Cash clarity: What is happening with Goucher’s budget

By: Samantha Cooper

Budgets and debt are not only a concern of  college students, they are a concern of colleges themselves. That, of course, includes Goucher. In order to inform students about how the school spends its money, an information session was arranged for students to attend. Malcolm Green-Hayes, Goucher’s Director of Budget and Finance led the meeting. The Goucher Eye was also able to interview Green-Hayes afterwards to clarify some things.

At Goucher College, there are two different budgets, each draws its money from different resources and each covers different costs.

The capital budget used for maintenance or the purchase of fixed of fixed assets including products with a very long shelf life such as buildings, vehicles, equipment and land.

The construction occurring on campus makes up  entirety of the capital budget for the up-coming fiscal year. For the 2018 fiscal year, the capital budget amounts to $36.1 million. For the 2017 fiscal year, the capital budget was around $17 million

The majority of this year’s budget ($28 million) will go towards building two additions to the First Year Village. The Mary Fisher renovation will cost about $23 million, the additions to Hoffberger will be about $27 million and the Froelicher move will cost about $8 million.

The capital construction plan is the projected budget for construction from 2017-2022. This maps out the price for each construction project. The project covers the construction of the two remaining buildings of the First Year Village, Mary Fisher Dining Hall, the moving of Froelicher Hall and the Hoffberger addition. The current total budget for the project comes out to $88 million.

The funds for the capital budget are covered by multiple sources: debt and philanthropic giving, mostly fundraising or donations.

During the discussion, he emphasized that no money would be taken from student tuition and fees in order to pay for the construction. Instead, much of the money from the construction would come from debt, $30 million to be exact. The remaining amount, which Green-Hayes said was $58 million, would be paid off with financial gifts.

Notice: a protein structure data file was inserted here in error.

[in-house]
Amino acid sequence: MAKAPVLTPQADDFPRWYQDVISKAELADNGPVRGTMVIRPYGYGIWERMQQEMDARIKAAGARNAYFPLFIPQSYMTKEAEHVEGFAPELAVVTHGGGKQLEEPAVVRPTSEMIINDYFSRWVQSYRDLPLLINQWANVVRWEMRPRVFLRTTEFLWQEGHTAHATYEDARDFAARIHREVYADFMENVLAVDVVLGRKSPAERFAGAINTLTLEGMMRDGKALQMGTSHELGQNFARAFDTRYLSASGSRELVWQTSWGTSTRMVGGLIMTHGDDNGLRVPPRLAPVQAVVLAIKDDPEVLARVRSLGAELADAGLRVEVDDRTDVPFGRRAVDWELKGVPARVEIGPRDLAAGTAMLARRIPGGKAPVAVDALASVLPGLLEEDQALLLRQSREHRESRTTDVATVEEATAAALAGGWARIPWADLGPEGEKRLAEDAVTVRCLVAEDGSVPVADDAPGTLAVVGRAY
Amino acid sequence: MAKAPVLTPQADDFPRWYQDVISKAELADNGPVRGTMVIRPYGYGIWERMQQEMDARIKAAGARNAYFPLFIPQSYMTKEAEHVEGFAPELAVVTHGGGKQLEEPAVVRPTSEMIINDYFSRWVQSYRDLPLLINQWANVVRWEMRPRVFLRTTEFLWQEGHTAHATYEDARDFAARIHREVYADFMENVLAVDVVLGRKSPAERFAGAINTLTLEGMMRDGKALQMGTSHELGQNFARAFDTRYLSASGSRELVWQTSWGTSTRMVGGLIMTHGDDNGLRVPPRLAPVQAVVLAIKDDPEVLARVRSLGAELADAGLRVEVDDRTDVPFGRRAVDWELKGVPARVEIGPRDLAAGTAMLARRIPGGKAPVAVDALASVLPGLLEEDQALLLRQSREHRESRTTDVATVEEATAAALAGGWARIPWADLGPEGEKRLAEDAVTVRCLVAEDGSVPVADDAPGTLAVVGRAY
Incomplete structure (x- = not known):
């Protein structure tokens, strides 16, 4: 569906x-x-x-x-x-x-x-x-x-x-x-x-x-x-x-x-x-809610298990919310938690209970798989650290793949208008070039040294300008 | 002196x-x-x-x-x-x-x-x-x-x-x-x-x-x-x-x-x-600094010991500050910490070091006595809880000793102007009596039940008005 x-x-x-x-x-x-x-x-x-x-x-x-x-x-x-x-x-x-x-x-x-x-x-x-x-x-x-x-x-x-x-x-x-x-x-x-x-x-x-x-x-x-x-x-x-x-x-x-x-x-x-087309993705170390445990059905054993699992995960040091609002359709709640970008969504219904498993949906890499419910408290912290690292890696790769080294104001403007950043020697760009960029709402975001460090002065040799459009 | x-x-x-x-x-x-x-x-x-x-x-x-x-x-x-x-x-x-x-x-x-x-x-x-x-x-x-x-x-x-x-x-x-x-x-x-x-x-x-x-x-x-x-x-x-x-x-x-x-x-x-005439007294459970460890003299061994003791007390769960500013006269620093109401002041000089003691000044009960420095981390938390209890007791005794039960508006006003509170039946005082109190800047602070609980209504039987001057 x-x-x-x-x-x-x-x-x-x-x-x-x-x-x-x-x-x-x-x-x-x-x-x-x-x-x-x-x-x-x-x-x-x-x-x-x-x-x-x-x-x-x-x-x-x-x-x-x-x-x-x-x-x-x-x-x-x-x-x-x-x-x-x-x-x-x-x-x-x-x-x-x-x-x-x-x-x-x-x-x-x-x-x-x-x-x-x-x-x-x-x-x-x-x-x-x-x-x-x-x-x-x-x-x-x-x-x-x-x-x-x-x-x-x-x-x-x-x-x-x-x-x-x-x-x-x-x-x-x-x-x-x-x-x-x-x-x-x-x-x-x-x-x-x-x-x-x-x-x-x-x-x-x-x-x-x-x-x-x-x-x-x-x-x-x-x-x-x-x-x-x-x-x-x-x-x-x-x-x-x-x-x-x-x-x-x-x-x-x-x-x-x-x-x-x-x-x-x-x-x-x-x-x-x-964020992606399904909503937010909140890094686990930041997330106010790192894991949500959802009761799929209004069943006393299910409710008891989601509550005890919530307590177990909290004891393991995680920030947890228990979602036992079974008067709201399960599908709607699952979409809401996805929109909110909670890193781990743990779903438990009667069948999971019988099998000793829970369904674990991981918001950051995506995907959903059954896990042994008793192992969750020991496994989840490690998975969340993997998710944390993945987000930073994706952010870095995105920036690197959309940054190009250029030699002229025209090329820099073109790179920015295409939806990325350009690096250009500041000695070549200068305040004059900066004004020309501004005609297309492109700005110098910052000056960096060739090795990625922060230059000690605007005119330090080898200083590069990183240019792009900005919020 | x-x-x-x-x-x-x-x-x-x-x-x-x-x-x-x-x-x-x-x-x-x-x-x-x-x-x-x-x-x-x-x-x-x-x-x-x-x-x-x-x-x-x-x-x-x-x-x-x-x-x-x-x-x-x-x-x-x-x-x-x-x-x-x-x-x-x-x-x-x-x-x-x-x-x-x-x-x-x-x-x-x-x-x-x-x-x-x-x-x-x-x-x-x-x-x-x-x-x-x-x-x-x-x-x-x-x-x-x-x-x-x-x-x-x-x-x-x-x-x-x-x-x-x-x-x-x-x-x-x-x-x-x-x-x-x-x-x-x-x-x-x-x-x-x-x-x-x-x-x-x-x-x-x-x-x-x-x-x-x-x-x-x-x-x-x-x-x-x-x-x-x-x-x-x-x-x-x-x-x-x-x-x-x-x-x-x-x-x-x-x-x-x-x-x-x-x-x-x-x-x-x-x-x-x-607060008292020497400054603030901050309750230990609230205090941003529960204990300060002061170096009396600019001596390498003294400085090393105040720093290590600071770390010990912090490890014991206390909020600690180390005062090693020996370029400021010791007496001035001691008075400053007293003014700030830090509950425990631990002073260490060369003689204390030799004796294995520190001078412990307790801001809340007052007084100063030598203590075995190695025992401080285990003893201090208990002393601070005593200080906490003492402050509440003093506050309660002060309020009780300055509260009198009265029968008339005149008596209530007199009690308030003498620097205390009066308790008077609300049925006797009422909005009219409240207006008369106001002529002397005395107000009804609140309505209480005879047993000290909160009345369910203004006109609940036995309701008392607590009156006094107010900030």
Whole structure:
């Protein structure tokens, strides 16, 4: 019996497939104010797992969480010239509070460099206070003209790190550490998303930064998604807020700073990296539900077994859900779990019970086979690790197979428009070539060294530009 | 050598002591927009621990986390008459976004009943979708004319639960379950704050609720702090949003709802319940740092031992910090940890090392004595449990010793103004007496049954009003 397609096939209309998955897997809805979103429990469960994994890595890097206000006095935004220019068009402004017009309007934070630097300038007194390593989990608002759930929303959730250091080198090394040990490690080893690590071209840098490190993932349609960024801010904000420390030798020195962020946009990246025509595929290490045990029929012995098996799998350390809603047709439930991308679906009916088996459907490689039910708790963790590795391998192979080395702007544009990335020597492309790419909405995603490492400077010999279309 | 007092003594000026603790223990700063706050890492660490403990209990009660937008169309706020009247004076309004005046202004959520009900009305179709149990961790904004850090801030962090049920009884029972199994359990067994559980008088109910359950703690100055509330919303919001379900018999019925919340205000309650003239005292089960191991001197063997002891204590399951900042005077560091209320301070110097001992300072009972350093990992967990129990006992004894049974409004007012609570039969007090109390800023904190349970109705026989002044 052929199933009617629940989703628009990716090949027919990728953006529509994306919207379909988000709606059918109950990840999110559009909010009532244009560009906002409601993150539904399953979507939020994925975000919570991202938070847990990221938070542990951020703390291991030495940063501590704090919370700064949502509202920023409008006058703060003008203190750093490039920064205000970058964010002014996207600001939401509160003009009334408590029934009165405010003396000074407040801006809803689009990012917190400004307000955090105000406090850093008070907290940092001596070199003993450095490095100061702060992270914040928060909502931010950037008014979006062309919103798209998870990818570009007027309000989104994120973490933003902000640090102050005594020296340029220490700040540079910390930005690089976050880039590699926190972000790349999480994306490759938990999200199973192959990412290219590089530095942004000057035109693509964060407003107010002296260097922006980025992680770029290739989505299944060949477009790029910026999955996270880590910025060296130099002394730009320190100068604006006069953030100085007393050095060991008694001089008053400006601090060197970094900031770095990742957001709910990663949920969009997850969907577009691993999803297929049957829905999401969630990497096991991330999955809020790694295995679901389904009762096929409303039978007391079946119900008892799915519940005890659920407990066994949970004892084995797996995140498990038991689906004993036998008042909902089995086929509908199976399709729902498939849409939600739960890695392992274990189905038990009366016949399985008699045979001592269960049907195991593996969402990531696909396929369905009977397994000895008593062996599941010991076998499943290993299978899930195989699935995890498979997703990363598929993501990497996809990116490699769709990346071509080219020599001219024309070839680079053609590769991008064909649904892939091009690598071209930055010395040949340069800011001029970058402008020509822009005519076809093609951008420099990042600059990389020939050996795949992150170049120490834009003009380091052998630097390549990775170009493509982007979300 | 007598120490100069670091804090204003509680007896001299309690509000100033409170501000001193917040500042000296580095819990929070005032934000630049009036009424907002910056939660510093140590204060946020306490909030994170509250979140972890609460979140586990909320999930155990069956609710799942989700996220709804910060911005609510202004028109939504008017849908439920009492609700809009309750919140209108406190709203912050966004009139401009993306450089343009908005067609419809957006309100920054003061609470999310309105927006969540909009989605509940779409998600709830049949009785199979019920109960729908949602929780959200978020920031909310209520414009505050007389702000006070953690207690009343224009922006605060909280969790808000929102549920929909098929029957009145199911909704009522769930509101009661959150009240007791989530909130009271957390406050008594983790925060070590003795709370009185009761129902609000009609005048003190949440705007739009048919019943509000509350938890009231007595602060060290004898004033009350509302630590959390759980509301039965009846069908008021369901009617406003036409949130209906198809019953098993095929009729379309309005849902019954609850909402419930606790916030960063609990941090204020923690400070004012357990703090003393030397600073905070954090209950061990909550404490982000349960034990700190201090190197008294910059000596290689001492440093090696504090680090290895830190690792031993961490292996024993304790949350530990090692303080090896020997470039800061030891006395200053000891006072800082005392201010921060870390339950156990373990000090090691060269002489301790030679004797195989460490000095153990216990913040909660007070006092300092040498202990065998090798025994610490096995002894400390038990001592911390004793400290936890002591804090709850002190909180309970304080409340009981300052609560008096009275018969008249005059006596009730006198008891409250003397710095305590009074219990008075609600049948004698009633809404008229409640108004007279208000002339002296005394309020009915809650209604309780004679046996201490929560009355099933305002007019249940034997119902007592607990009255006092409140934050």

The second budget is the operating budget, which pays for everything that the capital budget does not including faculty salaries and benefits, equipment for lab spaces, materials and supplies. The operating budget comes mostly from the fees and tuition that Goucher students pay to attend the school.

For 2018, fiscal year the budget comes to $67 million. The majority of that money (70%) will come from tuition and fees. The rest is covered by renting out space to off-campus groups or money from the state.

During an interview with The Goucher Eye, Green-Hayes discussed that it was impossible to continue or begin the construction without going into debt, as the construction would otherwise take up one-third of the college’s operating budget which would result in massive lay-offs.

Previously, Goucher borrowed $24 million to renovate Julia Rogers, and the loan was given on Goucher’s ability to fundraise the money to pay back the loan. Goucher is still working to get the money through donations.Goucher also owes money on other construction projects, including the construction of the Athenaeum.

Goucher now owes a total of $86 million in debt. The debt repayment is on a 26 year plan. To help pay this debt, Goucher has re-financed $60 million, because they were not getting the financial gifts that they had expected.

“Debt is an essential element to any institution,” he said. He also said, “Can you afford the debt that you’re currently taking on? For Goucher, the answer is ‘yes.’”

According to Green-Hayes, Goucher is in a relatively good position compared to other small, private, liberal arts colleges and would like students to know that.

(Image Credit: Google Images)

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